S.A. writes about possible tactics in halting Iran's nuclear quest. These tactics, although reasonable, are no different from talks of the last decade on responding to Iran. Suggestions that rogue attacks from Israel, supporting of insurgencies and regime change through economic sanctions and violence, and the inciting of Iran's domestic opposition is no more insightful, than these proposals would be effective. An old saying goes that if you keep doing the same thing, while expecting different results, this is the definition of crazy. Yet, this has been the approach of U.S. policy-makers for decades.
This is not to say that these ideas are not grounded in what was once solid thinking, in a world where competition was state to state, ancd coercion was simple based on military means. The facts have changed though, agressors must now fight assymetrical battles against: terrorism, strategic undercutting of a state's resources, while the globalized world creates a sphere in which interests are not as easily defined, and security is more relative.
I want to speak upon a few of the issues I have with these proposals. First and foremost is the idea of regime change. While reading "Just and Unjust Wars", it is clear that simple intevention to liberate the people of another state should not be portrayed as a movement to free its people. Our sense of "freedom" may very well not be their same perception. Democracy imposed, is not democracy at all, but a quasi-forced system in which people really did not choose their governance. A rigged regime change, although encouraging for U.S. interests, may not be the true system the Iranian people want, and if so we have done them a diservice by interferring in an organic movement which the Green Movement represents, and could be quite capable of instituting. Further, our intervention to erect a new regime may only hurt a positive partnership that could have occured with a unilateral Green Movement. What will the collateral damage be for regime change, how will the people of Iran react? The desire to fund and support in S.A's proposal is vague, and "quiet/ covert intervention" is still intervention.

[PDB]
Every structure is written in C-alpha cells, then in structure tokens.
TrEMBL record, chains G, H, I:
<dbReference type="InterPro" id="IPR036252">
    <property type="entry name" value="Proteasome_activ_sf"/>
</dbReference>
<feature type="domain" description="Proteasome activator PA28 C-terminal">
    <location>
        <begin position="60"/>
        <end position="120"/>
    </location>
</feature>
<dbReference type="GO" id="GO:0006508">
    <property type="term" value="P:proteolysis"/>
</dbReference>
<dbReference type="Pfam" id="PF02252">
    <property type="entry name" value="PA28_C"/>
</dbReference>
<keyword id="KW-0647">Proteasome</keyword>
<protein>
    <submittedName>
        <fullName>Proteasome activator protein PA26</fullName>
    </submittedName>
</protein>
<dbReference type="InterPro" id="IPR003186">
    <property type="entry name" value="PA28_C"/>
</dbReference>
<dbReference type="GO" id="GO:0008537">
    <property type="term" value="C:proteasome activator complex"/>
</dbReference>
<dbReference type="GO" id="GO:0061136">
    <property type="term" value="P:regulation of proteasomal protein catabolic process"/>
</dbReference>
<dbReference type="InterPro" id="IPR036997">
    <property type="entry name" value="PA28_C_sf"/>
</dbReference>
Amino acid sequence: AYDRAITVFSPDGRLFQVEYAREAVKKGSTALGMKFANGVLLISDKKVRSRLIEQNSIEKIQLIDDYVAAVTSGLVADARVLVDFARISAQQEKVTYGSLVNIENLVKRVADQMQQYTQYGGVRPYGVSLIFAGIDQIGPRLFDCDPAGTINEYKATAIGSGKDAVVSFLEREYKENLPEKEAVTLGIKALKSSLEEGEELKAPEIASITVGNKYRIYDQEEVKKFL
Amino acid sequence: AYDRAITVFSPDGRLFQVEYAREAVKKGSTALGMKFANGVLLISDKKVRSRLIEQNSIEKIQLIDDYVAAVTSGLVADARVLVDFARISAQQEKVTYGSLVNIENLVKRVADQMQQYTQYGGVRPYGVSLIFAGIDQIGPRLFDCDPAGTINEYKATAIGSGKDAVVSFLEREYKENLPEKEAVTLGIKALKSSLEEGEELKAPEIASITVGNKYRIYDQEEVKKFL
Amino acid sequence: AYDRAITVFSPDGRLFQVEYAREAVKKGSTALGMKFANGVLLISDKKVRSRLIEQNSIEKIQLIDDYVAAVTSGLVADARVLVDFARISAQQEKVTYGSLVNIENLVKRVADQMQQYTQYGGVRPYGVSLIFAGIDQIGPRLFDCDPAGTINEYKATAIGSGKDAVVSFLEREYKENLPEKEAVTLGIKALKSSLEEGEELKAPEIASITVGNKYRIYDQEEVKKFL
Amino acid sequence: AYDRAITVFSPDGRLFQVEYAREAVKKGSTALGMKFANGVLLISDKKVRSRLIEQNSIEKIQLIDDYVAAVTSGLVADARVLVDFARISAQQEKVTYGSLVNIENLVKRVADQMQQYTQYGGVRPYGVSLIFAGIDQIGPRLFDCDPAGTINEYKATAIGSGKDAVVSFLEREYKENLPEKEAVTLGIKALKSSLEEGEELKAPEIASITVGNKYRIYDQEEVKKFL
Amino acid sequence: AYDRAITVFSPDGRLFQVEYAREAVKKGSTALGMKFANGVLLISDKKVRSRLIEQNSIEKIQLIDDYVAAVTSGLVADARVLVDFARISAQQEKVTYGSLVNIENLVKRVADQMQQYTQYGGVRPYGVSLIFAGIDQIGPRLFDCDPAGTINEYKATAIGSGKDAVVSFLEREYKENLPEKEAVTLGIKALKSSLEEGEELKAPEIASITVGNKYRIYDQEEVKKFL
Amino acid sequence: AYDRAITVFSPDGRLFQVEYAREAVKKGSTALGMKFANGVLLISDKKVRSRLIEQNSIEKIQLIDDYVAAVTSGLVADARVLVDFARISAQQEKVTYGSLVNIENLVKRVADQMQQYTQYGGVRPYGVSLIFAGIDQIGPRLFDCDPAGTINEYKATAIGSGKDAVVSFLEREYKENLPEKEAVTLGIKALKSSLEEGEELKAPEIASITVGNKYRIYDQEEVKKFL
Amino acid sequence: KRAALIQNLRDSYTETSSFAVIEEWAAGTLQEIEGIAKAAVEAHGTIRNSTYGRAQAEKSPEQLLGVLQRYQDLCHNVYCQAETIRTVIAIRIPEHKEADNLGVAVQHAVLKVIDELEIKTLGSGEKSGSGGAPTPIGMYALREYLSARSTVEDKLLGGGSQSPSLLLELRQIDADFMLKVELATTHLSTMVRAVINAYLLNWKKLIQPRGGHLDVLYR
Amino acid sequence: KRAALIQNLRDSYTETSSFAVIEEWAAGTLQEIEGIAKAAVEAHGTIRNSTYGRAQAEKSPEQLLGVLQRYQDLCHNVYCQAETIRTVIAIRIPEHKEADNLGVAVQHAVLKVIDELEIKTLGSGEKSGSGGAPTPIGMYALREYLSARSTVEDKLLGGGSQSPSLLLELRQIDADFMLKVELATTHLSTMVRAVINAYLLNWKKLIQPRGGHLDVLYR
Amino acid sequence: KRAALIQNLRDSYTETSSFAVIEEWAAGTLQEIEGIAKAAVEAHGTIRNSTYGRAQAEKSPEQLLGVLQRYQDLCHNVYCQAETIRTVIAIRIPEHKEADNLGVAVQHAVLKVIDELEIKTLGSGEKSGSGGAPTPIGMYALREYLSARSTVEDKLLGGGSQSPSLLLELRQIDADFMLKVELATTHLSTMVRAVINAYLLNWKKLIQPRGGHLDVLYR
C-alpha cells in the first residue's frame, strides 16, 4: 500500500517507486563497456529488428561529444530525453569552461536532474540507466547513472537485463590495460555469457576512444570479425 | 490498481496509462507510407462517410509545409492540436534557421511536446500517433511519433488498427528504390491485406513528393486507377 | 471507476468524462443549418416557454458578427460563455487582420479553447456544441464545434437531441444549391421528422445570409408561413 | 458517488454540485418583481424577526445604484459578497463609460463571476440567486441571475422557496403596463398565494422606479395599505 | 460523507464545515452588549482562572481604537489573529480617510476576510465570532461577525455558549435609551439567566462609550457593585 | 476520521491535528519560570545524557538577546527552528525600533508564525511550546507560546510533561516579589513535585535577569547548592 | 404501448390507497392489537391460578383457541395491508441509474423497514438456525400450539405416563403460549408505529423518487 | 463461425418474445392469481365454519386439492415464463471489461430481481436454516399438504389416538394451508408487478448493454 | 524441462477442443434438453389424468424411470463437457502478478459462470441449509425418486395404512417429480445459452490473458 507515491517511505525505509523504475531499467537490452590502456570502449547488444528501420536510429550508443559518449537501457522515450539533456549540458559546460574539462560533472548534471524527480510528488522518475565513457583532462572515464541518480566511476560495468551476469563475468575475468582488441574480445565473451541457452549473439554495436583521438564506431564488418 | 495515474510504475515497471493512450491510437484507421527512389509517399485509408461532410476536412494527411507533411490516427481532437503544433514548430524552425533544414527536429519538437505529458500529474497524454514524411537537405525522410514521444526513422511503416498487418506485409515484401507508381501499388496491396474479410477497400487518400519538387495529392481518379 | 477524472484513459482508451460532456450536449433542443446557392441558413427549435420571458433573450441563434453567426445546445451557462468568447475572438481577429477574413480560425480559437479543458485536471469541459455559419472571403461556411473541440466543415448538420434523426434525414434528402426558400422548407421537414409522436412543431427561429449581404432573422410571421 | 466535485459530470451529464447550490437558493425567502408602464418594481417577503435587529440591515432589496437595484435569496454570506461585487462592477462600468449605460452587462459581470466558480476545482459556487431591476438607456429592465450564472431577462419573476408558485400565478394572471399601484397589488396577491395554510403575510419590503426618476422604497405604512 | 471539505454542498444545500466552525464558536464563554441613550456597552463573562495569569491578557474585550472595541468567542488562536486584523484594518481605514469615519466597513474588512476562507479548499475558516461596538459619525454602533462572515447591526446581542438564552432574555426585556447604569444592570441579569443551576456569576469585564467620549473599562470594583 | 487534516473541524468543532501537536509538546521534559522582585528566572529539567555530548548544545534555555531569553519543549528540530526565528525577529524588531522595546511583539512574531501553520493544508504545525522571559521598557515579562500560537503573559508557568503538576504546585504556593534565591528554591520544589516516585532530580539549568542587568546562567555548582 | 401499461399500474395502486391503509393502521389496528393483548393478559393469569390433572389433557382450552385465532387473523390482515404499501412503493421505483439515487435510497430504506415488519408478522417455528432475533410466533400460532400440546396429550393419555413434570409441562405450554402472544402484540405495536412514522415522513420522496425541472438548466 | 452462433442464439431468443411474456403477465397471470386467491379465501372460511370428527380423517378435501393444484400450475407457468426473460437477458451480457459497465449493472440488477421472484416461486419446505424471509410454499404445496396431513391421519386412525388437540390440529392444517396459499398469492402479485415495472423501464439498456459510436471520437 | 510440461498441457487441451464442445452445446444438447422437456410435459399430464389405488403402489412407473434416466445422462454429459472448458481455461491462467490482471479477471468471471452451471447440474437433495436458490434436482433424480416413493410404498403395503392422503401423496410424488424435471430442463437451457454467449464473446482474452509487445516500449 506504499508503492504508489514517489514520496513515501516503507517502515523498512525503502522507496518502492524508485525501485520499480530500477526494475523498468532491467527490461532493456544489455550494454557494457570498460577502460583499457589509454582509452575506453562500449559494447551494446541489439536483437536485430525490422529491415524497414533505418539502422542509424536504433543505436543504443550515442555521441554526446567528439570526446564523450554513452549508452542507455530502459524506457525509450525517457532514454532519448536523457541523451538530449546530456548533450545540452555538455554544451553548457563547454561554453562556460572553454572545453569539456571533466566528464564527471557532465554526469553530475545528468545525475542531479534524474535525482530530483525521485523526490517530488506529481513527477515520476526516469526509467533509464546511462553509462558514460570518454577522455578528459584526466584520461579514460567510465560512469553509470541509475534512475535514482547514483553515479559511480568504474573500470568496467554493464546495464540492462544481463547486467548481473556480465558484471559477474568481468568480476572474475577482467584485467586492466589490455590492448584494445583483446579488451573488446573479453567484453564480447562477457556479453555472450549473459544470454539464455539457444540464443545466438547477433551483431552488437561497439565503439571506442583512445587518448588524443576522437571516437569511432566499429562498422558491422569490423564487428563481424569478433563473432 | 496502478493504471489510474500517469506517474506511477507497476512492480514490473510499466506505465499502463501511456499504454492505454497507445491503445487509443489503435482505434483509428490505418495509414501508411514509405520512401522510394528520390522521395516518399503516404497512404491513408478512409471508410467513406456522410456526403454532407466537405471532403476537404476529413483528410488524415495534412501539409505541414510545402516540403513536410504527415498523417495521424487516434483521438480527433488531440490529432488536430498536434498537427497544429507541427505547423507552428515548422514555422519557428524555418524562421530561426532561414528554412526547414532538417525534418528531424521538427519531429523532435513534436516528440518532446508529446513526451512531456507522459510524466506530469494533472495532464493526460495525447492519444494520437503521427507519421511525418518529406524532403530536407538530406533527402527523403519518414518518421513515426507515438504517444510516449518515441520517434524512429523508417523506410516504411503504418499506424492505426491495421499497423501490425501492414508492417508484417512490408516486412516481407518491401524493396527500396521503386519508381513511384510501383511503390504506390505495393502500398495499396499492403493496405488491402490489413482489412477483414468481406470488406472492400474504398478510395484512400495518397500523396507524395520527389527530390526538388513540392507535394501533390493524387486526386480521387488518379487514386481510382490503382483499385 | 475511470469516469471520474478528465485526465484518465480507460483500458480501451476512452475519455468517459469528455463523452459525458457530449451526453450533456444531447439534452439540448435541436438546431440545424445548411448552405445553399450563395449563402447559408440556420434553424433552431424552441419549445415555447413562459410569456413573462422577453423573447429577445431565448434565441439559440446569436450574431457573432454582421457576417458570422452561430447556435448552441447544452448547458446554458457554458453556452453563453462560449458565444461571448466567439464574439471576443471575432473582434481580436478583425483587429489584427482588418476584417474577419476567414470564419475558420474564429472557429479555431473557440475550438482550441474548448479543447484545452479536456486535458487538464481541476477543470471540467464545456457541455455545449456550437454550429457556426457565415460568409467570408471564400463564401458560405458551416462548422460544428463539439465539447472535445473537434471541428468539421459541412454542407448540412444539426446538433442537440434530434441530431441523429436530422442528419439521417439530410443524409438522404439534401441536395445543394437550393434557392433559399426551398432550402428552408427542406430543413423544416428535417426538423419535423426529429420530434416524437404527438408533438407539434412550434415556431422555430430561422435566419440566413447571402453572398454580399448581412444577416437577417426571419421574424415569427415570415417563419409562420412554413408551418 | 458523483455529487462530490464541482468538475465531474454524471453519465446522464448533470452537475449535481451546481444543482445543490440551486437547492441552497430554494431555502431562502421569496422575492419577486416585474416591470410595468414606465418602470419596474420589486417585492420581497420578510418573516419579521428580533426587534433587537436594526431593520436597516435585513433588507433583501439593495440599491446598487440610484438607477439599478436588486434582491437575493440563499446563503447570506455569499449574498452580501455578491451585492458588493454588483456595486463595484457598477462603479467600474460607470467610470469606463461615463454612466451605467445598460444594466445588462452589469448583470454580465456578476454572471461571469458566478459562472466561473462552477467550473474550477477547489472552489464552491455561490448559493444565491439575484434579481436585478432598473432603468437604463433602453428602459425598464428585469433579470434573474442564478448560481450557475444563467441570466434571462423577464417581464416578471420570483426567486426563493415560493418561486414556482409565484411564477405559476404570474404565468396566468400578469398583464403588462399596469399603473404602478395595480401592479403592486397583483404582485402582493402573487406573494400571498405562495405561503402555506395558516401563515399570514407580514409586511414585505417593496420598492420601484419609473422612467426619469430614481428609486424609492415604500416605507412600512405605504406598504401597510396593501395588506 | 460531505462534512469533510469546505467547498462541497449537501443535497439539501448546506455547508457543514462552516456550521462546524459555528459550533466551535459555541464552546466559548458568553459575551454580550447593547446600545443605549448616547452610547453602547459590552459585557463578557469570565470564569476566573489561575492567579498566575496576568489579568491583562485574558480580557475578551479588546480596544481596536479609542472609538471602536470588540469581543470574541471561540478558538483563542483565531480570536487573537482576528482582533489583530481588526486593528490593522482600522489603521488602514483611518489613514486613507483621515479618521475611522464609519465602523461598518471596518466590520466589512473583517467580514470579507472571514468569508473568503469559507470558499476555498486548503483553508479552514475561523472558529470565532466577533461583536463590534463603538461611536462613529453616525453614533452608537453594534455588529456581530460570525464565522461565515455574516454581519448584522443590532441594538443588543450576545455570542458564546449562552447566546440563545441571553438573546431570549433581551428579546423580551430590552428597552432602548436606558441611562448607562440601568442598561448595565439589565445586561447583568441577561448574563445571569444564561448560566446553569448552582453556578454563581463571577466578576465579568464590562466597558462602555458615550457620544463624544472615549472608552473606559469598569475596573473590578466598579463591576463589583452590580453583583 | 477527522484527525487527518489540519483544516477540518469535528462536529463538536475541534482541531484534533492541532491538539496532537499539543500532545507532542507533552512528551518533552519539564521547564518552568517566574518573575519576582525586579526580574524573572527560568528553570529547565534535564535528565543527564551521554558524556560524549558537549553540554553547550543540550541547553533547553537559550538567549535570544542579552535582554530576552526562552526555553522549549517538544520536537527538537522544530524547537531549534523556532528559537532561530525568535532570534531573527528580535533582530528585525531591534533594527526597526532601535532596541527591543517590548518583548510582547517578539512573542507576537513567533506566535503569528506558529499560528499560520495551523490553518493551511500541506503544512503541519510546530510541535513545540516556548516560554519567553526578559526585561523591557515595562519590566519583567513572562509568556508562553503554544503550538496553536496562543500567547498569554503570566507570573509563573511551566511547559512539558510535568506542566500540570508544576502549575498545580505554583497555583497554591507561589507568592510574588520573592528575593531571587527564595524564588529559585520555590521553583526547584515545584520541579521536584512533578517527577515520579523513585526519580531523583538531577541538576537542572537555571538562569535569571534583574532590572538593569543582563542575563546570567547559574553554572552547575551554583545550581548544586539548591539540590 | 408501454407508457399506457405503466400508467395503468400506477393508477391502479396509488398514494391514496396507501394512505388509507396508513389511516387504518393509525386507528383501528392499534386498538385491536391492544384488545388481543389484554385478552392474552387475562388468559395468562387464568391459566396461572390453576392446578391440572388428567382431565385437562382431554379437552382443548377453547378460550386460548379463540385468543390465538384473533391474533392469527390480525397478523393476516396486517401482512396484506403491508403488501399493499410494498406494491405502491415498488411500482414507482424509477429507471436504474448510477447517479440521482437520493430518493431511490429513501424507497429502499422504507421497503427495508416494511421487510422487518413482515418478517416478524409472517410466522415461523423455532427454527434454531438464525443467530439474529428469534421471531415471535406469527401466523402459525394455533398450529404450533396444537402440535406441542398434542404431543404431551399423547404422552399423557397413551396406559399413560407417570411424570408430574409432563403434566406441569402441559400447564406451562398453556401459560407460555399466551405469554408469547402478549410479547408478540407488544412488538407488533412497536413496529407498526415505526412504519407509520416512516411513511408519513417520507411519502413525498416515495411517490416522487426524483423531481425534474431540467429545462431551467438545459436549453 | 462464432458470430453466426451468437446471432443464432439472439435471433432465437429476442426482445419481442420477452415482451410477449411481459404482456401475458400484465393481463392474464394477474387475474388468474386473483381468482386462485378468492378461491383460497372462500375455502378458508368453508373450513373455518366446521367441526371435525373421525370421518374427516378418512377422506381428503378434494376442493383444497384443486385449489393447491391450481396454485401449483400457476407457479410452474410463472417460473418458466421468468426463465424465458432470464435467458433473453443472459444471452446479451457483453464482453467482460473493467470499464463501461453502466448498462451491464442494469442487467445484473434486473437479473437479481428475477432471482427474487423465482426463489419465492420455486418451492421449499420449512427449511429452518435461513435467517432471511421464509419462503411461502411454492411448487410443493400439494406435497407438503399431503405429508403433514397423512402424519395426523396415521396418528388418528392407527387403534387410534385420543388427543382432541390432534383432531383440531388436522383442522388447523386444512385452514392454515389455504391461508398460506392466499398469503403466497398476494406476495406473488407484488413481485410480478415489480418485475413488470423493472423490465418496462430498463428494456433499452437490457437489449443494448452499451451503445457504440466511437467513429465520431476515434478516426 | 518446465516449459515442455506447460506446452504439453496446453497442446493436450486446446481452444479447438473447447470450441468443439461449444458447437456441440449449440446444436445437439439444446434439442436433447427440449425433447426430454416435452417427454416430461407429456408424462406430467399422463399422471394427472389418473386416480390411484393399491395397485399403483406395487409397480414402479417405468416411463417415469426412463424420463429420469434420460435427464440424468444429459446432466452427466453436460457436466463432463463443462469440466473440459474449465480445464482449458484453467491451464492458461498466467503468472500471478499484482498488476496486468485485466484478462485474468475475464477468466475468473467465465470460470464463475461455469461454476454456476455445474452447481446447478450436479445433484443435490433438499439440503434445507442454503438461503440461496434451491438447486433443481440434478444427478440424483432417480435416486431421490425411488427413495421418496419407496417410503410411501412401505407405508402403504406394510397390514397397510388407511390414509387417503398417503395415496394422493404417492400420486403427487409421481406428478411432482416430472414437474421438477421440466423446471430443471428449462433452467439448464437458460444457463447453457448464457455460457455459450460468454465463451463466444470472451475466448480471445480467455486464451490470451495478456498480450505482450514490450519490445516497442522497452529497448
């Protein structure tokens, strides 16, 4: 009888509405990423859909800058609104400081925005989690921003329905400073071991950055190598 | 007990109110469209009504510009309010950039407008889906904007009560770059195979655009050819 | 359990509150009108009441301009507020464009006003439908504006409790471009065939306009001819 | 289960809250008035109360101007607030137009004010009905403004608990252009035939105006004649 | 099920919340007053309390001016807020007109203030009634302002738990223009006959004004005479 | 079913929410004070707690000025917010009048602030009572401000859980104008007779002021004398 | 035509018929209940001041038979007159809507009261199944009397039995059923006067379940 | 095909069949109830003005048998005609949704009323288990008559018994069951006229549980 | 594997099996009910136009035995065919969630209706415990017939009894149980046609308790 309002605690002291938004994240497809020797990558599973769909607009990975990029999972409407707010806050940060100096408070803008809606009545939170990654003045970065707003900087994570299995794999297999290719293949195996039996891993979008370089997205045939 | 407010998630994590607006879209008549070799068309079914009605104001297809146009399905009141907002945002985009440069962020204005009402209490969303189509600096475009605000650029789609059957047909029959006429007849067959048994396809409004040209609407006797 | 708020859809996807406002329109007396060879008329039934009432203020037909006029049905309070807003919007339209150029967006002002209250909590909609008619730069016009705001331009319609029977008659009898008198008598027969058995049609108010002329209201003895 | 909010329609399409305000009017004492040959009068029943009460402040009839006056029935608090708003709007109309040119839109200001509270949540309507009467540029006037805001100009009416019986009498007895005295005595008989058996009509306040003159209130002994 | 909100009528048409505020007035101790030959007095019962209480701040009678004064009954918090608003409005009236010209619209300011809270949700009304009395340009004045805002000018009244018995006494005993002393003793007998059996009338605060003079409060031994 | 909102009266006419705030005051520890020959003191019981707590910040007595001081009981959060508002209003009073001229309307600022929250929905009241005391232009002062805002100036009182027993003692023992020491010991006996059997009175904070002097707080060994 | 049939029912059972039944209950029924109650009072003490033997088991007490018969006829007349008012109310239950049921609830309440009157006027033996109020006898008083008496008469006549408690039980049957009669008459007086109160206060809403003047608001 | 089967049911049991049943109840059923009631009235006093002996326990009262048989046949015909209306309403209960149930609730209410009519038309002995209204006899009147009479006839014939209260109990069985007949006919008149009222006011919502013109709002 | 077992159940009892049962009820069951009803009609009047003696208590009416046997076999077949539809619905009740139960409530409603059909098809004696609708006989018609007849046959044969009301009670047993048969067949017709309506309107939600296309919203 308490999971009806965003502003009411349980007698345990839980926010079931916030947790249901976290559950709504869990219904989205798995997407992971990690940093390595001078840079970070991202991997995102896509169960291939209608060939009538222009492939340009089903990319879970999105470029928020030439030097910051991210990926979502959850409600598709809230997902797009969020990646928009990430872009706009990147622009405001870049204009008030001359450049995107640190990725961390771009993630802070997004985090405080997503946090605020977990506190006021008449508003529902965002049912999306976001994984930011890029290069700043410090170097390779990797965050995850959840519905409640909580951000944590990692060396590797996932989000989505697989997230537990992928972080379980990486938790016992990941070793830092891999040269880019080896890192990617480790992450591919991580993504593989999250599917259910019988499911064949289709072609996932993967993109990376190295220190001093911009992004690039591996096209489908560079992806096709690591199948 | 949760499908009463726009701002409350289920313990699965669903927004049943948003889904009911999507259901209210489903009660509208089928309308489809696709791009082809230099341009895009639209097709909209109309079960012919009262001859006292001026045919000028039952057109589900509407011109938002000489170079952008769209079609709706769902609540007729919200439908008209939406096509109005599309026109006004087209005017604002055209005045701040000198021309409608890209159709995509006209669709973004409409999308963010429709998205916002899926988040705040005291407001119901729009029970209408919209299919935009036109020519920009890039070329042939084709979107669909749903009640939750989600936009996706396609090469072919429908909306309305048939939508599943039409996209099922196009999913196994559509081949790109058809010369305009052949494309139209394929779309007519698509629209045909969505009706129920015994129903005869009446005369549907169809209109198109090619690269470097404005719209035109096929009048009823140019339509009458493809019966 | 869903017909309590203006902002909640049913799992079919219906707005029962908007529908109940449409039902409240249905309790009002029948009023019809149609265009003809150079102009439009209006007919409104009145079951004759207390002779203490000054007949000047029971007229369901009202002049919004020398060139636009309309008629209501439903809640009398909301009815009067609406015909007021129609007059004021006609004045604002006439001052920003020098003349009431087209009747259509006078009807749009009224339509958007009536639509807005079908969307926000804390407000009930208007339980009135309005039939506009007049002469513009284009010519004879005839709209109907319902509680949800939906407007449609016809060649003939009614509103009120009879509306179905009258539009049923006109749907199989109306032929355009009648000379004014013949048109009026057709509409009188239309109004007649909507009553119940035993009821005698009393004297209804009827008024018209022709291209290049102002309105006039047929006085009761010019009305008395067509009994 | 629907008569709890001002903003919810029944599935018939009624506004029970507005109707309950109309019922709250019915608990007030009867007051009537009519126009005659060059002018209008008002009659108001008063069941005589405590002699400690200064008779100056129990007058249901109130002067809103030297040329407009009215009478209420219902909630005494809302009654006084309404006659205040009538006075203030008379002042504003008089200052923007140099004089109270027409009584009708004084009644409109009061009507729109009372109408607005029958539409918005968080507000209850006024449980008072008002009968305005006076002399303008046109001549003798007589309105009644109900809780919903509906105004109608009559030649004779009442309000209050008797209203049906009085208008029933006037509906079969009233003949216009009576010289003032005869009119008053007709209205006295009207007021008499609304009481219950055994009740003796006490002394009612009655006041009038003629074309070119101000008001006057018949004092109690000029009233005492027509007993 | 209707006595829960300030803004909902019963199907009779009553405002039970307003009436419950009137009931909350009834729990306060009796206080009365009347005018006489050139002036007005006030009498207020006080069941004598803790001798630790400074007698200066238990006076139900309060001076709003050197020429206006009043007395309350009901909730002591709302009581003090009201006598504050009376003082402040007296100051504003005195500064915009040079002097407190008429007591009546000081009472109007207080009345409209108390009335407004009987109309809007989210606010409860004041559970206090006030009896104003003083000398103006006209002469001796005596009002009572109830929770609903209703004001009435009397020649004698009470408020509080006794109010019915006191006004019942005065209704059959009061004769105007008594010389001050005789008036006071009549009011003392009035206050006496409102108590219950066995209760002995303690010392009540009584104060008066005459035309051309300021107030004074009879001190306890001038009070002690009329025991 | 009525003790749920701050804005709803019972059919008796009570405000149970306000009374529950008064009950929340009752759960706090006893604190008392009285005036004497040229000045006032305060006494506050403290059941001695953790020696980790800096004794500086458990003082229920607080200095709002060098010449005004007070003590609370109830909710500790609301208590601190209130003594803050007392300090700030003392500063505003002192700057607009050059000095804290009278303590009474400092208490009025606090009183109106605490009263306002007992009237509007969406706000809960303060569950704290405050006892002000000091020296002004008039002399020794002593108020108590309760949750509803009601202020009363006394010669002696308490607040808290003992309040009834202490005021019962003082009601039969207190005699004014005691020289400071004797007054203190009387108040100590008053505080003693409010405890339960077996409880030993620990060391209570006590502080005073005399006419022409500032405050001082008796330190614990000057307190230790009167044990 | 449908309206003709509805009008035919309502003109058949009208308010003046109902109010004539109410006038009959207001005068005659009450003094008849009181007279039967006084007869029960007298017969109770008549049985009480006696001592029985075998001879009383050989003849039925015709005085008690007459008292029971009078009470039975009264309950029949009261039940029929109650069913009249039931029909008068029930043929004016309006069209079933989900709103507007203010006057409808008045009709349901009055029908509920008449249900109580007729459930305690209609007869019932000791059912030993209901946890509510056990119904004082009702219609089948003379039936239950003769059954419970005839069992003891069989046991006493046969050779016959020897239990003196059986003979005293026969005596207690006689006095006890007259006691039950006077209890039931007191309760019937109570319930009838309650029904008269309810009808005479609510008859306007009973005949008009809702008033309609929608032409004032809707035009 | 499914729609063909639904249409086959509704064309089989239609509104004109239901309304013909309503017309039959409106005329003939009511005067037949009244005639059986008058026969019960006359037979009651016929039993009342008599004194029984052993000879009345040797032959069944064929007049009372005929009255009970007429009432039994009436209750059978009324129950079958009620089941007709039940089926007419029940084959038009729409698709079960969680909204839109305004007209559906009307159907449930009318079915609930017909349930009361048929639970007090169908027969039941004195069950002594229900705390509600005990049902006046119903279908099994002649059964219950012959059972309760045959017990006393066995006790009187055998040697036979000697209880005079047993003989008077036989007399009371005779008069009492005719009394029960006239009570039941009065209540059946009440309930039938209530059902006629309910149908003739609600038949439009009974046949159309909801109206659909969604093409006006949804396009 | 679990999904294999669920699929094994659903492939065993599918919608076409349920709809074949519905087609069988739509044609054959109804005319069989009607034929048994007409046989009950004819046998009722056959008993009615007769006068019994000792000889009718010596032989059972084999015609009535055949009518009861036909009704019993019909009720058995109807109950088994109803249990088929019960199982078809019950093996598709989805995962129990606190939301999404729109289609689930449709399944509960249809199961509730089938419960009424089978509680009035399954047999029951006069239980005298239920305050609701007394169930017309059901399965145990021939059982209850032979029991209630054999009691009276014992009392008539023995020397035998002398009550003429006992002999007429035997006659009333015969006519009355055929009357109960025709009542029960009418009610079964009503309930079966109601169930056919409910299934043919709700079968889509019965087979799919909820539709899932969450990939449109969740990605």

Secondly, the idea of providing arms for insurgencies fuels two problems, one of which is the obvious violence that will incur, not just against government, but against the people in response by the government, as well as in the cross-fire. Thus, U.S. interest may want violent insurrections, but the populations of those respective ethnic groups who are "OK" with the status quo, but are retalliated against by the Iranian army, well those lives are on the U.S.' conscience. Within this insurgency tactic is also the problem, that mere regime change is not the only goal of insurgencies, they want independence. While the U.S. goal may be a halt to Iran's nuclear program, the outcome may very well be long bouts of civil war within Iran, all groups vying for power and resources. A supposed nuclear Iran, turns into a civil war, which may in turn make the region even less stable for U.S. interests (read Iraq and Afghanistan), especially in contract to Iran possibly handing over its program to the IAEA as it had suggested it might recently.
Finally, S.A. comments that he knows this may be a "bloody war", and in some ways I see this as an immoral action to take then. Let me explain this further. Walzerman goes to explain that soldiers are somewhat mercenaries in effect, that they do not get to choose the wars they fight in, thus a comepelled action into combat is thus unjust in the sense that armed forces cannot stop fighting in a cause they do not believe in. More so though, I have always found it unbearable that individuals recommend war and aggressive tactics, ones in which they do not take part in themselves. If one supports a war, one should fight in it, not merely attend graduate school classes to propose them. It is always easier to order somebody else's life into battle, it's like gambling with house money in Vegas.
Overall, S.A. states "we cannot expect a miracle for Iran's clerics from puruing nuclear capabilities." We do not need a miracle at this point, lets save the short supply of miracles for really dire predicaments. It is time to think outside of the box, let go of anachonistic viewpoints and brave a new approach to the same old problem. Let me be clear when I say that I agree with S.A. that we should not expect a miracle, but that is only because this problem needs to be handled more tactfully with diplomacy, not U.S.; nor divine intervention.